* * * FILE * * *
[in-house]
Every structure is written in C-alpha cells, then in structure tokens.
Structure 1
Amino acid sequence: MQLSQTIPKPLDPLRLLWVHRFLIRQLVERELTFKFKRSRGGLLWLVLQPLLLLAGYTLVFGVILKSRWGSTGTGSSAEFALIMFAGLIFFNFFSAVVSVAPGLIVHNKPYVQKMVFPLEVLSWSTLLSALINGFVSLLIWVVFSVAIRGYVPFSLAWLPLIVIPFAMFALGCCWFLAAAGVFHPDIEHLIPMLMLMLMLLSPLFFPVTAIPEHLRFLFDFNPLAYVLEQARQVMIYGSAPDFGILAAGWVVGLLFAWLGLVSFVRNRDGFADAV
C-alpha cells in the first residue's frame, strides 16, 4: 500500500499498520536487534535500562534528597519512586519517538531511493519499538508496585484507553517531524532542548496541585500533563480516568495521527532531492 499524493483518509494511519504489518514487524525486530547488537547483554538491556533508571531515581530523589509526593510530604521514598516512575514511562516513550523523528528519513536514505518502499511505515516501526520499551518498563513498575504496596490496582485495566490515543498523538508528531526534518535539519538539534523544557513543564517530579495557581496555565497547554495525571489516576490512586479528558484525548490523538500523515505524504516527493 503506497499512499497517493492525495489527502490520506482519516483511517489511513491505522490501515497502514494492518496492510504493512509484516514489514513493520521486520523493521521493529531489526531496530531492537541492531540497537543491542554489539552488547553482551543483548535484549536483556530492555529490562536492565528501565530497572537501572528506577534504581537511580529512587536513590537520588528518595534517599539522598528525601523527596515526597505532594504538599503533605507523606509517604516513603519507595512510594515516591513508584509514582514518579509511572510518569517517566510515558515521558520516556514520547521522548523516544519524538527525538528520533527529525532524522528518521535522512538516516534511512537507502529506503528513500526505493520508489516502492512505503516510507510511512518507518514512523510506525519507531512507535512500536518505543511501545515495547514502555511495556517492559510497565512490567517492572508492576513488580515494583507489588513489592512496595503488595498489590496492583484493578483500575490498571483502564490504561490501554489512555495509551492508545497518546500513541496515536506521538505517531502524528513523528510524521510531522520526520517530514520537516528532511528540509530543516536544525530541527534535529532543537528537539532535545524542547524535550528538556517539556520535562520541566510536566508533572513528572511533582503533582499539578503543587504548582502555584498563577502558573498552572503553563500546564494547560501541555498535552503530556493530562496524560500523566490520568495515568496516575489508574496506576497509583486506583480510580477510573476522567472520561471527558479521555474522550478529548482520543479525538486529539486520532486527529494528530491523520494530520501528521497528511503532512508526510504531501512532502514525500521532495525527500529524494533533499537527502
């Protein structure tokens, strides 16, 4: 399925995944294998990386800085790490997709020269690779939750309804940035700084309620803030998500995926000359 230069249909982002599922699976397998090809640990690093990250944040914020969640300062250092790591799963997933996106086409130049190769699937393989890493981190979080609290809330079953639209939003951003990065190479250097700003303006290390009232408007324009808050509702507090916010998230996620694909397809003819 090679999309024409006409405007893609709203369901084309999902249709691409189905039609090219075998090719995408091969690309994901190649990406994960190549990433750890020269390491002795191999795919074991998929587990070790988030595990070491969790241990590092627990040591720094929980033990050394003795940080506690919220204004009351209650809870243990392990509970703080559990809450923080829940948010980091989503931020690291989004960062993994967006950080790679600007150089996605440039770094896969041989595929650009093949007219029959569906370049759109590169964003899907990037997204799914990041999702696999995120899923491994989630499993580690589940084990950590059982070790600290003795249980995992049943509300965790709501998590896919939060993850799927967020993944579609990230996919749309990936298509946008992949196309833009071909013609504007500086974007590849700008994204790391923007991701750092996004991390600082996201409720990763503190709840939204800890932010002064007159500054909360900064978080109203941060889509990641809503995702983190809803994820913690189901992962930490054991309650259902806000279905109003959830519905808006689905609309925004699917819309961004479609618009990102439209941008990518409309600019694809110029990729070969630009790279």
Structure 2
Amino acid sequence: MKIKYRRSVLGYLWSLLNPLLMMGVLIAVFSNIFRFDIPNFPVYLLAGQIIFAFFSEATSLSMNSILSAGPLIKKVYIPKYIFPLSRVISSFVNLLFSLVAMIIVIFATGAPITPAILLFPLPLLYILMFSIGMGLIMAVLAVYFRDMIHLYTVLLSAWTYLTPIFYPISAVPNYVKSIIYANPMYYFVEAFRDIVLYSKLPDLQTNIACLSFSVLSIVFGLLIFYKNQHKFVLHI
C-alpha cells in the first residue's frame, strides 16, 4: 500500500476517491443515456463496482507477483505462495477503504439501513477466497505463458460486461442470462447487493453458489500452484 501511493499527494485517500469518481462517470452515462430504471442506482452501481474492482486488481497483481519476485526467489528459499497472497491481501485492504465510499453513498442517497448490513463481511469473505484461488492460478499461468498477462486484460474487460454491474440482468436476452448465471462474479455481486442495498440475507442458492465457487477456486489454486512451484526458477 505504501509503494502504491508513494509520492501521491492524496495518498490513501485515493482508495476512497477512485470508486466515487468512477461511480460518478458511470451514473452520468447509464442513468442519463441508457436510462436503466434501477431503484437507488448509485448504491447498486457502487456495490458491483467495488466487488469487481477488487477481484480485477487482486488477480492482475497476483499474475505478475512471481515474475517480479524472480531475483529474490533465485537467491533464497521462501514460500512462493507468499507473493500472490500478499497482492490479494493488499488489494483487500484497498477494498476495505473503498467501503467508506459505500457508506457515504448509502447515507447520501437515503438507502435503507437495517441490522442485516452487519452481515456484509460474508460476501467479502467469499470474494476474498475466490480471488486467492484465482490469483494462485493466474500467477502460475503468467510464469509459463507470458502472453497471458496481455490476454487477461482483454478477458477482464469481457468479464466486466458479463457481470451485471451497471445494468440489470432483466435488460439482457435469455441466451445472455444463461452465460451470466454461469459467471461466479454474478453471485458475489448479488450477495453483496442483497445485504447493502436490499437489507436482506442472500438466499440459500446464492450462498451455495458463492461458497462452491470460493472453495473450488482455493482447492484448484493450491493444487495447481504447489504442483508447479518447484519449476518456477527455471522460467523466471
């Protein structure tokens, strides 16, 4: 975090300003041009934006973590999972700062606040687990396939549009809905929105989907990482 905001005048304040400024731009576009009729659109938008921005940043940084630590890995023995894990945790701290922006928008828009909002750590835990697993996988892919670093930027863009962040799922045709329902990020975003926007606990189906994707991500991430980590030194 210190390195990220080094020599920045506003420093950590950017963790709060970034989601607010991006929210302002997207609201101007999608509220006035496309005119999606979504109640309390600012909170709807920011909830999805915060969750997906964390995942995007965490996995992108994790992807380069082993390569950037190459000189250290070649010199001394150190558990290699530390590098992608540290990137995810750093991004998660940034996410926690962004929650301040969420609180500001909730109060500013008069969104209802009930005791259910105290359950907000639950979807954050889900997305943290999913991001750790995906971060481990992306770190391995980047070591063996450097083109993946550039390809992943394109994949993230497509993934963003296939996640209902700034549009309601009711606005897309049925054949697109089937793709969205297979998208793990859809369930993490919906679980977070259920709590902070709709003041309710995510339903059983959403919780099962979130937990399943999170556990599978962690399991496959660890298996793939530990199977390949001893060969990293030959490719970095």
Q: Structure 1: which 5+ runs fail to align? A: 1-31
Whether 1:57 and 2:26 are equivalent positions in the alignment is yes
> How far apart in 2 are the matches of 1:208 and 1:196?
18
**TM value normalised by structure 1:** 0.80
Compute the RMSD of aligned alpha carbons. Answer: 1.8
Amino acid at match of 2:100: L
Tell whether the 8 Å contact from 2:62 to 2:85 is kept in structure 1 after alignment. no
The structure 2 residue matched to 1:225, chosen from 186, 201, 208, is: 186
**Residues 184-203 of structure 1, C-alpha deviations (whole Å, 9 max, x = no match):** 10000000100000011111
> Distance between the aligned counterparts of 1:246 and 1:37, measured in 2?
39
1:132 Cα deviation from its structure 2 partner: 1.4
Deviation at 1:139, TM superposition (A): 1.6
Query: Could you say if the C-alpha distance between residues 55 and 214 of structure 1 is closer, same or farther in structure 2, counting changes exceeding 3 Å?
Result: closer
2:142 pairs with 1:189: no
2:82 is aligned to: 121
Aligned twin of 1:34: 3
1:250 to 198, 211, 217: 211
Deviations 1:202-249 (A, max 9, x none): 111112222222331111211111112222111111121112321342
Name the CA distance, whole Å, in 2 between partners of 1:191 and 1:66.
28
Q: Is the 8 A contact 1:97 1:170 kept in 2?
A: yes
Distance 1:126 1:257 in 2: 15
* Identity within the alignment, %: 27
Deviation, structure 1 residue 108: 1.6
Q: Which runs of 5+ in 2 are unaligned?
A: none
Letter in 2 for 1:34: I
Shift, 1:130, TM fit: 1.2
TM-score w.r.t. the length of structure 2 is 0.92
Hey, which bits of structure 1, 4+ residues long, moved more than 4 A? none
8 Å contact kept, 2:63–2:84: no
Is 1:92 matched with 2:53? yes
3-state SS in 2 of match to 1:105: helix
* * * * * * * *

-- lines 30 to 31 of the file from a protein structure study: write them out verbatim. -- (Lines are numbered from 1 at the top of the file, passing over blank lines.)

1:250 to 198, 211, 217: 211
Deviations 1:202-249 (A, max 9, x none): 111112222222331111211111112222111111121112321342